Wednesday, March 01, 2006

Info on Why Martha and Ben go to Italy?

The following story was written by Martha S. Taccarino.

Wednesday, March 1, 2006 is the anniversary of my grandfather (nonno), Antonio Iaccarino’s birth. He was born in mille otto cento settantotto or 1878 so he would be 128 years old. His parents were Ferdinando and Maria D’Esposito Iaccarino. I know they also had a daughter, (figlia) Concetta, (my Zia or aunt) who was 4 years younger than my nonno.

I know this because I have been researching his life so that I can apply to become an Italian citizen. In the process of this research I have learned some things which have brought me closer to a man that I never met since he died before I was even born. I always think of him when I hear the Simon and Garfunkle song that starts “I left my home and my family when I was no more than a boy, in the company of strangers…” My nonno was only 12 when he joined the merchant marines (Marina Mercantile Italiana). Whether he joined willing or unwilling I don’t know. I do know that at that time he and his family were living in a room or rooms in this house in Meta, Italy.

Photo #1 - House

I have found this house because very dear friends (amici), Tonio and Carmella Romano spent hours researching old town zoning records. It seems as if the town fathers in Meta like to rename and renumber streets all the time. This is just one example of that.

Photo #2 - House Numbers (Click on photo for more detail)

And here is what the door bell to the building where my grandfather lived looked like in May, 2005. You can see that it is still apartments.

Photo #3 - Door Bell

So my nonno went to sea. He signed on as a mozzo (a cabin boy). Fortunately, his seaman’s book is still in our family. The entries are handwritten in script that I can’t always read and understand. (Someday perhaps…) So far I know he was promoted, learned great skills that he would use later in life and four languages besides his native Italian. From the log I can tell that he returned to and left Italy a good bit. Stamps in his book show that some of the places he went to were Greece, Liverpool, England, Marseille, France, and Odessa, on the Black Sea. Can you imagine sending off your 12 year old son and for the next 19 years only seeing him periodically? And he comes back with stories of places he has been to and things he has seen. This is the view leaving the port of Naples that I am guessing is relatively unchanged even today.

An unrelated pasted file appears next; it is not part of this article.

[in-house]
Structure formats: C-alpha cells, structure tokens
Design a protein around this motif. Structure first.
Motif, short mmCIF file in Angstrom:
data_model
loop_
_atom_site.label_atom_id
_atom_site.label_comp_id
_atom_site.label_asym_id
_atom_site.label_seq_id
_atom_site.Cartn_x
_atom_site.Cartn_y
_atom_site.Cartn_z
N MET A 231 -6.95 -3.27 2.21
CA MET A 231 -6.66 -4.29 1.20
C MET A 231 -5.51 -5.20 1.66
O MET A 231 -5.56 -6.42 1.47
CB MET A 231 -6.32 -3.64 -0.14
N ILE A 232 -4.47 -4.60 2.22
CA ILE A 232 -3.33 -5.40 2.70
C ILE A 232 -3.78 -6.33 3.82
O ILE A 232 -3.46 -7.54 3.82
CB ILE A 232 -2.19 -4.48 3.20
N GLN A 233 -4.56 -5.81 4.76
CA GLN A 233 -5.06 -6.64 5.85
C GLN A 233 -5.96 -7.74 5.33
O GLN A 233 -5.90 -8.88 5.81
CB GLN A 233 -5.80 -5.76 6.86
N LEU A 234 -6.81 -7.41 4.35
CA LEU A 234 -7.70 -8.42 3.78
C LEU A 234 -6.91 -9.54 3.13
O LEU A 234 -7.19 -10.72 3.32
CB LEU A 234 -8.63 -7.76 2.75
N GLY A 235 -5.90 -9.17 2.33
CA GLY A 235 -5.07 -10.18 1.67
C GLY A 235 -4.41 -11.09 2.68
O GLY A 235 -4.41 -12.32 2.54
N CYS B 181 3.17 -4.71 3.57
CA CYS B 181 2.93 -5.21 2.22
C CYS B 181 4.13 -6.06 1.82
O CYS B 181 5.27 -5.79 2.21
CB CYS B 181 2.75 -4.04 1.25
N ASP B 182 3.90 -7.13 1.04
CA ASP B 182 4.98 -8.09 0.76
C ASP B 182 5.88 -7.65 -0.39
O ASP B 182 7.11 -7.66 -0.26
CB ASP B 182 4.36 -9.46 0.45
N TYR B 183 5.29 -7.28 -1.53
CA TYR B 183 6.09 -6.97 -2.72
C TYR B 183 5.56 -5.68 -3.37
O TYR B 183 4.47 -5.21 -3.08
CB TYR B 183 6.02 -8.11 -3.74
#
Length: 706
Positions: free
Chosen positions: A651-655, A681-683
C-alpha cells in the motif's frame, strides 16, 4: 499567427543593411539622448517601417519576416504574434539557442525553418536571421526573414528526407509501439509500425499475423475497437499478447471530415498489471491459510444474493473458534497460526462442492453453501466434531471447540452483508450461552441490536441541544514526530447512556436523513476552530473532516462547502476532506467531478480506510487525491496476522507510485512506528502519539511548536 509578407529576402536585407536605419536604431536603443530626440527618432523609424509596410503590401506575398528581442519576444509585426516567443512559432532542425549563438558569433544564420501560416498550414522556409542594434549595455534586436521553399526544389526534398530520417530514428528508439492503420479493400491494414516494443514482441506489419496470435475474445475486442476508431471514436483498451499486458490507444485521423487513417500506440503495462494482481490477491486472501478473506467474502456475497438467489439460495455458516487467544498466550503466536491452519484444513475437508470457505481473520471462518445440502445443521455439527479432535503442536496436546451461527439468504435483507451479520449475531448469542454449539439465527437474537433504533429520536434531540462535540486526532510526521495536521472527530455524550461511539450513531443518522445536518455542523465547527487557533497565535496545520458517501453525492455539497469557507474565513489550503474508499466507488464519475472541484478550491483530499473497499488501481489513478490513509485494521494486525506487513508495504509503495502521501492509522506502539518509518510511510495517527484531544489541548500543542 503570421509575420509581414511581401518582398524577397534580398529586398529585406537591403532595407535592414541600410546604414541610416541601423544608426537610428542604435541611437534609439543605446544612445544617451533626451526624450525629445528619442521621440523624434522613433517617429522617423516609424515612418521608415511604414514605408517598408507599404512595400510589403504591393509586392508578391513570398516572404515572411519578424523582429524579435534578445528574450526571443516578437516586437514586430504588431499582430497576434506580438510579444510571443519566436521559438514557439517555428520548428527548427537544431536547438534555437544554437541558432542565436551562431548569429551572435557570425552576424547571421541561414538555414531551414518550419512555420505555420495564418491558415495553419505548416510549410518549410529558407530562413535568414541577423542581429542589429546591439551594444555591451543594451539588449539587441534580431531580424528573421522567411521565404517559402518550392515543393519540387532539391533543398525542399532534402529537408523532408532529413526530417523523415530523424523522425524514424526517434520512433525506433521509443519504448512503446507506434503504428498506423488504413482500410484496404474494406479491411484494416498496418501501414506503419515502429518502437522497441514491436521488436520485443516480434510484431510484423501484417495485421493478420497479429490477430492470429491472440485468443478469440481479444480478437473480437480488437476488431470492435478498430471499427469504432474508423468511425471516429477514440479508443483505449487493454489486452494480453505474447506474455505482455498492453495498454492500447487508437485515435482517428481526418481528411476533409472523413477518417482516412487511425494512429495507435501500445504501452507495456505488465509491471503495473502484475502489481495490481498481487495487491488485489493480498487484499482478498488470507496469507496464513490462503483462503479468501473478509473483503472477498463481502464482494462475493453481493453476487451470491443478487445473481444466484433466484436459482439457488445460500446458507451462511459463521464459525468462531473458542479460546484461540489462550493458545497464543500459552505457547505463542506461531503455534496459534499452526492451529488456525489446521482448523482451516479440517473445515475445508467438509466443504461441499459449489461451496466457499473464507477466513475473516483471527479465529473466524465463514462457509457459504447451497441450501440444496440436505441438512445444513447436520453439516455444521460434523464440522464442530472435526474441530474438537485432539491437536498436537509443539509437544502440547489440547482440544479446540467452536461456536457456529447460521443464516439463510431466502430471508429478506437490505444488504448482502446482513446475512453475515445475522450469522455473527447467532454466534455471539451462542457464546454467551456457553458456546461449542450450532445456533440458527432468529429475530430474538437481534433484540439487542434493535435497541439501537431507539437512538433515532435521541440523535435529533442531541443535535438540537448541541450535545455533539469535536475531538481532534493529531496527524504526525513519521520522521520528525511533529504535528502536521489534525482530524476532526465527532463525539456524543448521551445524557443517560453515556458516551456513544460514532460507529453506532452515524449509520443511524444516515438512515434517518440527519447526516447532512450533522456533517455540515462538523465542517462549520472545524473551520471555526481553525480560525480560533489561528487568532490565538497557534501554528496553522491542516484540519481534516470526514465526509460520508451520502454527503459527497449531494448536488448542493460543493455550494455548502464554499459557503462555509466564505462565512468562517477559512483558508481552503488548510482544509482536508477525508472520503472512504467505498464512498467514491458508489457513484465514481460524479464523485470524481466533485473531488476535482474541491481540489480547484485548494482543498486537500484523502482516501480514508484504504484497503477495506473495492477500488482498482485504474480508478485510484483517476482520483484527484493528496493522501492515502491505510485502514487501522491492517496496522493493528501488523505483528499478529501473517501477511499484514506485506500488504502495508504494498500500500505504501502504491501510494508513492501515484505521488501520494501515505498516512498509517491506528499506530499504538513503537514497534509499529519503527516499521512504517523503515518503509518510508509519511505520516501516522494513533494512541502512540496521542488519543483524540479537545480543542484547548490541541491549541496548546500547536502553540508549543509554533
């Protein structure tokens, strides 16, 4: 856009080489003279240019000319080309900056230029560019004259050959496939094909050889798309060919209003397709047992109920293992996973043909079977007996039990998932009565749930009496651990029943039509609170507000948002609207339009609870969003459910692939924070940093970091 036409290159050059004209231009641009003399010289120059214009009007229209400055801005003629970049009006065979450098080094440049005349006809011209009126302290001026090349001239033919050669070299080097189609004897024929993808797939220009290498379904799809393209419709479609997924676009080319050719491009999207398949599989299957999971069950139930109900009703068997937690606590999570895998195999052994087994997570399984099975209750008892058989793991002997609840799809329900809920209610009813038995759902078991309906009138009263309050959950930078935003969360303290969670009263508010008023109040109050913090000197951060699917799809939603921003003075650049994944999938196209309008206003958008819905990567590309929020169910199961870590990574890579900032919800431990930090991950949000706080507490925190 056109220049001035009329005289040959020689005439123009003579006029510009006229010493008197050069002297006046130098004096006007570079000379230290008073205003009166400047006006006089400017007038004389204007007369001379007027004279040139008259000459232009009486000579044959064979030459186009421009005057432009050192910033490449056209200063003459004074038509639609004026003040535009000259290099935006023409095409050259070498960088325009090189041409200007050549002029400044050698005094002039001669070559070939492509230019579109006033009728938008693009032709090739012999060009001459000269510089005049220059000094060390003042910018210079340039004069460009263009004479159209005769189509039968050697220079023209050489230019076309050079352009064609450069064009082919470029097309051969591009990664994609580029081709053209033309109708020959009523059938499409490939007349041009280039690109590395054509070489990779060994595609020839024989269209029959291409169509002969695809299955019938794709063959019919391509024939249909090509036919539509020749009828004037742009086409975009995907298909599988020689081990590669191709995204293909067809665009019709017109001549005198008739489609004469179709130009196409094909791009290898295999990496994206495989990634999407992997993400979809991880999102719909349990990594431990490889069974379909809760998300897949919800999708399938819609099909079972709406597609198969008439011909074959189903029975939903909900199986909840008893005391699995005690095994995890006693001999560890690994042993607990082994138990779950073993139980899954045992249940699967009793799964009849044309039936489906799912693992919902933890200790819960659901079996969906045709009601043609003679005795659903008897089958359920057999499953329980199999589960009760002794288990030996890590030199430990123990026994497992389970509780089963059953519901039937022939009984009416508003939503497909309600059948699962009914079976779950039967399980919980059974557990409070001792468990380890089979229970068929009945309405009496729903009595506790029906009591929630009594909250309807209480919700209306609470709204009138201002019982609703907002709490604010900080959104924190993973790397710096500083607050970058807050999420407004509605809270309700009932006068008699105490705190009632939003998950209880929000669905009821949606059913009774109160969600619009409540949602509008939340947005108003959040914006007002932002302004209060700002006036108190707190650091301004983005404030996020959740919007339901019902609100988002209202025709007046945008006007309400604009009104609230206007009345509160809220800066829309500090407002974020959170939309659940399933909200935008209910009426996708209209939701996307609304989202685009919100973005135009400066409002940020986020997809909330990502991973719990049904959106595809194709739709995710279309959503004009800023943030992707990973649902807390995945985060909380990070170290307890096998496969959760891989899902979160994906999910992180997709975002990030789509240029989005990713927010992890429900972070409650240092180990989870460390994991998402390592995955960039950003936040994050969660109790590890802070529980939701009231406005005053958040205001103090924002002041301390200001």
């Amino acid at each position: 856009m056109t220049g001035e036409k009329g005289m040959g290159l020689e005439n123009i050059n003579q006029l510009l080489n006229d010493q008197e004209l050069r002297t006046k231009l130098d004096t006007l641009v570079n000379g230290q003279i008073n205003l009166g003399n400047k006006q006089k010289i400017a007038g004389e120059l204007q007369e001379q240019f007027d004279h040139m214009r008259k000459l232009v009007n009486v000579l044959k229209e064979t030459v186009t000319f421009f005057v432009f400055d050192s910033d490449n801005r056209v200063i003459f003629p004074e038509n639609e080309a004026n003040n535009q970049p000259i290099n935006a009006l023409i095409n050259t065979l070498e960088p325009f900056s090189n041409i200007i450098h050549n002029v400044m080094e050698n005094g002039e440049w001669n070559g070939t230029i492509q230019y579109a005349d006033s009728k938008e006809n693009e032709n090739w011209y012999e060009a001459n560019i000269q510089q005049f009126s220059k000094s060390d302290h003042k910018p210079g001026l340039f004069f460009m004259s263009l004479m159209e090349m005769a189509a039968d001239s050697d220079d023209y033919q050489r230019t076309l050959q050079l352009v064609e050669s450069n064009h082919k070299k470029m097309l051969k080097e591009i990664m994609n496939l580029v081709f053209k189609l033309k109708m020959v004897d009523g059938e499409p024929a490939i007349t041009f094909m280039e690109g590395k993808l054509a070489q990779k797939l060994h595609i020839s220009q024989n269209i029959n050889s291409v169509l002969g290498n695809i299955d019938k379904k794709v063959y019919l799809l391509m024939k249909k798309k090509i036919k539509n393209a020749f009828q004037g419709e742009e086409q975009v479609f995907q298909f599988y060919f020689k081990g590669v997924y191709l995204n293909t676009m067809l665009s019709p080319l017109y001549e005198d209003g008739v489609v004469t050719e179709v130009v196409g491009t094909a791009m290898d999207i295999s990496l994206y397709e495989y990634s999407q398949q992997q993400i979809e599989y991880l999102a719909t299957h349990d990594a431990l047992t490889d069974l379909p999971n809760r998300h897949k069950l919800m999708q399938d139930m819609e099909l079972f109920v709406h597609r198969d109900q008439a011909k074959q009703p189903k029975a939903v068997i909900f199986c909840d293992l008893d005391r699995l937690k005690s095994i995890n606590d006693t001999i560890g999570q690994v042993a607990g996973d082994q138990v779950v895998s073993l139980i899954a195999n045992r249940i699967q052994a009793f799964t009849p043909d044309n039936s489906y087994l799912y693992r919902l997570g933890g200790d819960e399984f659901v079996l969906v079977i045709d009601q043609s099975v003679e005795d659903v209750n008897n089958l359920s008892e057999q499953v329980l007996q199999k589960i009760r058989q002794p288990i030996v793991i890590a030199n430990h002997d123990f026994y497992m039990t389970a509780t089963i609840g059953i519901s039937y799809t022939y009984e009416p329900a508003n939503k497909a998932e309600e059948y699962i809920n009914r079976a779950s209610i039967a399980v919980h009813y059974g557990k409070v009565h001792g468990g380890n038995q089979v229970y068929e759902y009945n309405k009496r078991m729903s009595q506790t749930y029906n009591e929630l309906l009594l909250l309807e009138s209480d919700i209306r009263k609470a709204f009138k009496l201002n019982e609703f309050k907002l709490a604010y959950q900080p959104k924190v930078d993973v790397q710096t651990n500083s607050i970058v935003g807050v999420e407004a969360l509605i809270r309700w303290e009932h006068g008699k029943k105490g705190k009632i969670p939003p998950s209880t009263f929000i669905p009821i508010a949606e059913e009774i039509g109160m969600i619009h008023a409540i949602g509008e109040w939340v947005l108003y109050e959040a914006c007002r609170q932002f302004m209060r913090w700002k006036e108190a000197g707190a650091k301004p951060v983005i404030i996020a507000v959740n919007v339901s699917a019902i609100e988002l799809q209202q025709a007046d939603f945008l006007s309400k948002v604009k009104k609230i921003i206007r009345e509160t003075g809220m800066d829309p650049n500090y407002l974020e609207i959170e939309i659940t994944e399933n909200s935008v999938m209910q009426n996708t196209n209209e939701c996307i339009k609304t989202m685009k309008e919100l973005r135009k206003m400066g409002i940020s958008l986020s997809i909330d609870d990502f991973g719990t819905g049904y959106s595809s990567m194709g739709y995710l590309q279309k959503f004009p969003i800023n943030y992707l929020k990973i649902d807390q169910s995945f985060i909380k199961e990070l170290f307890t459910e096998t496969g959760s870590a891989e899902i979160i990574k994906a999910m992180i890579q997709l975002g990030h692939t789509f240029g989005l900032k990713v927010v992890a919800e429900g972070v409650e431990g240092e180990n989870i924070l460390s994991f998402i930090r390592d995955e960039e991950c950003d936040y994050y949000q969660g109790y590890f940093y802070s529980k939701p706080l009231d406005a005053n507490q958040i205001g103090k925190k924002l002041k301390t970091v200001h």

Photo #4 - Departing View of Naples by Water

He did not always leave from Naples. Meta the town south of Naples where he lived was at the time a fairly large port. Today it is not. It is a small town with a nice sandy beach and a bedroom community for surrounding towns like Sorrento.

Photo #5 - Meta

Even though Sorrento and Positano have been popular tourist destinations since the late 1800s prosperity did not arrive until after World War II. A large number of people of all age groups emigrated from the area to the United States and South America. But our family name, a very common one still remains in the area.

Photo #6 - Sign
(Click on photo for more detail)

From my nonno I think I have inherited my interest in other languages besides my native tongue. I do hold it against him that he did not allow Italian to be spoken in their house in America. My cousins have told me that he would scold my grandmother (nonna) if he caught her chatting with her friends in Italian (after they moved to America). He would say “We are Americans now, we will speak American”. (Italian men do so love to declare, dictate and proclaim, don’t they?) So my father never really spoke Italian. He never passed that on to me.

I also know that from my nonno, the spirit of travel and adventure passed directly to my father and then to me. My passport is never locked up in a safety deposit box. I like to have it near me so if the opportunity to travel arises I can just go. So yes, I have a very cooperative and loving husband who doesn’t mind if we go to Italy each year to learn one or two more facts about my family. He doesn’t mind going each year to visit with my cousins and aunts and uncles from that half of my family. My father was the one who moved away from his American hometown. Most Italians don’t move far from the town that they grew up in and my aunts and uncles didn’t move either. (Yes, some moved later in life but not as early as my father) I grew up several states away and did not benefit from daily or weekly interaction with my nonna and all the aunts and uncles. Now I try to visit at least once a year. And each visit I learn a new wonderful fact. This year I learned from my cousin Tony (where do you think his name came from?) that Grandmom used to call champagne “angel pee”.

So little by little with research, the help of friends and the memories of my family I learn about my grandparents. On Wednesday or when ever you think about it, please raise a glass of wine or a mug of coffee to my nonno and nonna who had the spirit and sense of adventure to try something different and create a new life for themselves. Most Americans have ancestors that emigrated. I have been lucky enough to be able to trace mine and fill in some of the blanks. Perhaps I will be able to write again about my grandparents’ marriage and the family they raised. Until then Buon Compleanno Nonno!

That's it for Wednesday, 1 March 2006: mercoledì, 1 marzo 2006

Ciao, Ben

Today’s quote is an Italian proverb, author unknown.

Oggi in figura, domani in sepoltura.
Here today, gone tomorrow.

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